Slack: Startups should not get distracted by the success of tech unicorns
Much has been said about the power of communication in the workplace and Slack, a San Francisco-based cloud collaboration tool, is hoping to harness it to overhaul the way in which team members across the world speak to and work with each other.
With more than half a billion dollars in funding raised in nine rounds and with support from some of the world’s most prominent investors, the messaging app, co-founded in 2013, is continuing its global expansion, and now has two employees working in London.
Although Slack’s presence in the UK capital will remain relatively small for now, it’s set to grow, said James Sherrett, senior management of accounts in Slack’s European HQ in Dublin; where other tech giants such as Google or Facebook have historically set up their European base.
“There’re two people in London today, but I would say that we will have a dozen by the end of this year, in a bigger space and a more diverse team than just sales people. London will be an important global office for us,” Sherrett told Tech City News.
An atypical example
Having joined Slack in June 2013, Sherrett is now responsible for overseeing the company’s interactions with customers across Europe and Africa.
“There’s terrific tech talent in both the UK and the US. I think that San Francisco’s tech talent scene is just a little more mature and it has a little more critical balance because it is the big industry there.
“In London, I would say that tech is not the top industry. There’s banking and finance, and services and consulting which are slightly more established businesses. Technology isn’t necessarily the number one choice for people coming out of school,” he noted.
But London’s startup scene, Sherrett said, is growing and he thinks it will continue to do so.
With over 3 million active users, more than 500 employees across the globe and clients including Ticketmaster and Spotify, Slack may be the epitome of success for many young tech startups across the UK. However, Sherrett believes other early-stage technology businesses should not be distracted by others’ routes to the top.
“I don’t think Slack is a good example for other startups to follow just because our journey has been somewhat atypical,” he said. “We were lucky, a lot of things happened to us at the right time. Each businesses has its own problems and you just have to work as closely with customers as you can to get their feedback.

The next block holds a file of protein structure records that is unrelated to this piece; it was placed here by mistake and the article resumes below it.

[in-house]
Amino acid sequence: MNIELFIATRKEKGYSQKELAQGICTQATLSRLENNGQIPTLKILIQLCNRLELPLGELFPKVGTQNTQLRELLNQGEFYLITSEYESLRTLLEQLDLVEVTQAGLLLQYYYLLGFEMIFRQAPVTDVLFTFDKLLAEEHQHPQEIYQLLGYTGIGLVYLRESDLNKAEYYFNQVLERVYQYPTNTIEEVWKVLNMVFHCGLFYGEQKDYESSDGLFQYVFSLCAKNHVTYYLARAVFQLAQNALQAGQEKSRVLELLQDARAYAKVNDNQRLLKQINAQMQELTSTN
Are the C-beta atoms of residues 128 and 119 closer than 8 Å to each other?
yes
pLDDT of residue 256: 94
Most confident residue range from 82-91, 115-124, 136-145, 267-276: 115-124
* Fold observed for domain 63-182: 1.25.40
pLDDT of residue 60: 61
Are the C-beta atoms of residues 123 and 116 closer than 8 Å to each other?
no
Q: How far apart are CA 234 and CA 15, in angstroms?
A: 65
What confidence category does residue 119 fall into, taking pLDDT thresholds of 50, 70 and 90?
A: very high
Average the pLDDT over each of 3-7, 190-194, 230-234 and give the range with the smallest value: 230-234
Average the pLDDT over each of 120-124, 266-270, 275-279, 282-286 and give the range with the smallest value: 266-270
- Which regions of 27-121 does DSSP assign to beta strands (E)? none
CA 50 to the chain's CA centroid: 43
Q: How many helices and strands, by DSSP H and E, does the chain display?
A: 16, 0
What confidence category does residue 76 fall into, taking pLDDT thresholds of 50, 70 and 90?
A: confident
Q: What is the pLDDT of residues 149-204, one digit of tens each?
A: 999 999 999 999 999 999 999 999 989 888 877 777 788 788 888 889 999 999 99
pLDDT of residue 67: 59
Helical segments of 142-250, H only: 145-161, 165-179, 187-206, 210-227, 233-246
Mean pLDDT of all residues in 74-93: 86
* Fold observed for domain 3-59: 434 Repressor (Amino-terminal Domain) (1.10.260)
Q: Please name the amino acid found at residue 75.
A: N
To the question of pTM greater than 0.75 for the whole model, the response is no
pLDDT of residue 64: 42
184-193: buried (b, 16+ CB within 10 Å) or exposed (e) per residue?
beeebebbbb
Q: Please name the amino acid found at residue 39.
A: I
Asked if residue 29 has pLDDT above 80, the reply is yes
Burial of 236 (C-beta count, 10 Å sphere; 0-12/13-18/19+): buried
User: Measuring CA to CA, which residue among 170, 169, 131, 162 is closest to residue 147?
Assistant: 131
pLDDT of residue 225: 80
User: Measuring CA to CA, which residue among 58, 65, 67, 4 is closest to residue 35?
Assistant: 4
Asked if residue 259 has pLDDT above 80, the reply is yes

“One of our core values is empathy. Being able to put your empathy hat on and see any situation from a customer’s point of view is key if you’re trying to find a solution to a problem,” he added, noting that targeting specific customers at the onset of any business would potentially result in success.
The startup culture
In a world of big corporates, where suits and 9-to-5 jobs are the norm, startups stick out like sore thumbs.
Although renown for their flexible approach to working hours, generous holiday allowances – and, if you’re lucky, bean bags – startup culture is much more than that.
“I think there are a lot of benefits to things that are in the startup culture, such as speed of decision-making, speed of execution and launching minimum viable products quickly so that you’re able to get into market and actually start getting customer feedback,” said Sherrett.
A global business
Similarly to its messaging predecessors, such as Skype, Slack has played a part in fostering connections between employees spread out across the globe.
Given that technology is, and will always be, a global business, it’s hardly surprising the UK’s tech sector has recently spoken out against Brexit, with many commentators arguing that a future outside of the European Union would hinder the growth of many companies in the space.
Although Sherrett is not able to speak on behalf of Slack, he firmly believes Britain has little to gain outside of the EU.
“On a personal level, I think there’s very little to gain from exiting the EU and there’s a lot to lose. To my mind, from a global perspective, people don’t seem to understand why Britain wants to leave. The reasons don’t resonate internationally because Britain seems to have the best of both worlds already,” he concluded.
Now valued at over $3.8bn, Slack is a member of the tech unicorn club alongside the likes of TransferWise, Lyft and Farfetch and with its user-base growing, it’s easy to see why startups would look to harness its success story whilst trying to make a stamp of their own.
But if unicorns are set to be a thing of the past, and with investors seemingly looking for ‘cockroach’ startups – those showing traction and steady growth – there may still be hope for smaller players in the messaging app space.